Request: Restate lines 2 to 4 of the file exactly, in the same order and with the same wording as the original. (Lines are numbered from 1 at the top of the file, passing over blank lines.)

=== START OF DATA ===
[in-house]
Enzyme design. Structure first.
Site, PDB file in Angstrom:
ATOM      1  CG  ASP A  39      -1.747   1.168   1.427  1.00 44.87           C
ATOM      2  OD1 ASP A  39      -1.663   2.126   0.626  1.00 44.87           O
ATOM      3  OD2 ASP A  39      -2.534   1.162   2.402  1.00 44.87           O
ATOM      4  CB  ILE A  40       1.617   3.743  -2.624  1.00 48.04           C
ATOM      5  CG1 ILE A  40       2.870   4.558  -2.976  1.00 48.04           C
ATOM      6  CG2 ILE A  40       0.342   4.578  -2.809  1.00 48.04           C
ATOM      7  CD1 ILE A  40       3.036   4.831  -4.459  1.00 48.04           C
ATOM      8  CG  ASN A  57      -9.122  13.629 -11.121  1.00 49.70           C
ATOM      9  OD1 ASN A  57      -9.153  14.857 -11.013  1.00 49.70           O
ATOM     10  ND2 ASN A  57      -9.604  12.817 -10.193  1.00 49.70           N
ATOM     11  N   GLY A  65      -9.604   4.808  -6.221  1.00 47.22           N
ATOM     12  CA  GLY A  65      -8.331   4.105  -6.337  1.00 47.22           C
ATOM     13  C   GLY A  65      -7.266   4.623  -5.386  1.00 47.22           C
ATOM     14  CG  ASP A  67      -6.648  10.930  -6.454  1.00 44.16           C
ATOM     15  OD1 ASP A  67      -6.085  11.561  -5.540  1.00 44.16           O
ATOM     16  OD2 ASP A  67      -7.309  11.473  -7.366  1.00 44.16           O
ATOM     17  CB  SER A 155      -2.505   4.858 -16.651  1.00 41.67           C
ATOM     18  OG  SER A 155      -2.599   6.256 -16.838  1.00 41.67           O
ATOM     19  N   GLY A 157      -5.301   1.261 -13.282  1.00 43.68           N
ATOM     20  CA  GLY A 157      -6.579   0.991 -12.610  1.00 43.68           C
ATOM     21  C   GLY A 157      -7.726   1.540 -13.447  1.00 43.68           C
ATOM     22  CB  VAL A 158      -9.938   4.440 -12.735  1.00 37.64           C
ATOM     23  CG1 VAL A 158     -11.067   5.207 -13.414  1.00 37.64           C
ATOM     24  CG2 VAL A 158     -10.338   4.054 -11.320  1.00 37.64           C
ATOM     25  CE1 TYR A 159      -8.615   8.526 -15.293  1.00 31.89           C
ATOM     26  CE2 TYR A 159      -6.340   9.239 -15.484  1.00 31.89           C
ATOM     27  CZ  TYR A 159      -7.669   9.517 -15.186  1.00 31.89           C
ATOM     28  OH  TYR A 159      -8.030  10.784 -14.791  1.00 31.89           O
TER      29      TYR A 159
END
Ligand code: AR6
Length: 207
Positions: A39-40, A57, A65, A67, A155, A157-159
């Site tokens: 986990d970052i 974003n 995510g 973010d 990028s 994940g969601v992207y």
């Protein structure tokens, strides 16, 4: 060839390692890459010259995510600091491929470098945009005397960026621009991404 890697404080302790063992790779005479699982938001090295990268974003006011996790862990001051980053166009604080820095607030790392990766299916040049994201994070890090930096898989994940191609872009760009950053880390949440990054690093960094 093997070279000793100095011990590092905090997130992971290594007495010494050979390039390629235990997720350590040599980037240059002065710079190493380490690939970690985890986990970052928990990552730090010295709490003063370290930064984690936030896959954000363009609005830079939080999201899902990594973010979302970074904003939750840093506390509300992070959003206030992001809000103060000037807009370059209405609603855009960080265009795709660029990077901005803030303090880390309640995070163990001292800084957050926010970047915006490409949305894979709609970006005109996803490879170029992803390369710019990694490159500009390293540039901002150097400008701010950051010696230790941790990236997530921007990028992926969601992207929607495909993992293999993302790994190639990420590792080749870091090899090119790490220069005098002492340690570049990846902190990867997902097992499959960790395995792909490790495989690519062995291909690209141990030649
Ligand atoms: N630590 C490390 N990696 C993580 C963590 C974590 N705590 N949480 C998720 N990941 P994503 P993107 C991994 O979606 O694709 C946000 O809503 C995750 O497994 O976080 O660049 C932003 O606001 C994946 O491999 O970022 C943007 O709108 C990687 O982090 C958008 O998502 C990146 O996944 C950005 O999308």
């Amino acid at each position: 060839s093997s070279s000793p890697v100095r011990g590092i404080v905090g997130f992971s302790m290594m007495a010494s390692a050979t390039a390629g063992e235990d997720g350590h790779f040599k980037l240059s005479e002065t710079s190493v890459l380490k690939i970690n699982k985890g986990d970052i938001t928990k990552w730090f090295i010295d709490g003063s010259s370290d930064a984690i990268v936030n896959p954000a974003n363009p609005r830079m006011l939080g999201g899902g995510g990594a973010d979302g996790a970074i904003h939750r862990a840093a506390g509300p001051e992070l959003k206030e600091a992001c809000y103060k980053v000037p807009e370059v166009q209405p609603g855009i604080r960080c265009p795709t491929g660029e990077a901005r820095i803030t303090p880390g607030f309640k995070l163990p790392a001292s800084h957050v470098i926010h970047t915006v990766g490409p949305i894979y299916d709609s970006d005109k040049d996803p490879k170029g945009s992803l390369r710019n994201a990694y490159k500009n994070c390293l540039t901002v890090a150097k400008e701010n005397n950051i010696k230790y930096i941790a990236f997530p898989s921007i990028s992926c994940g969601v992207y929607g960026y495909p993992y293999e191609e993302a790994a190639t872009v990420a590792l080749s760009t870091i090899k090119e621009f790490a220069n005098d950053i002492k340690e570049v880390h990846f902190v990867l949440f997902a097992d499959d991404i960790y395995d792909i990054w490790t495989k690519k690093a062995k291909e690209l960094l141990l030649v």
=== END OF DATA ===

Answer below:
Enzyme design. Structure first.
Site, PDB file in Angstrom:
ATOM      1  CG  ASP A  39      -1.747   1.168   1.427  1.00 44.87           C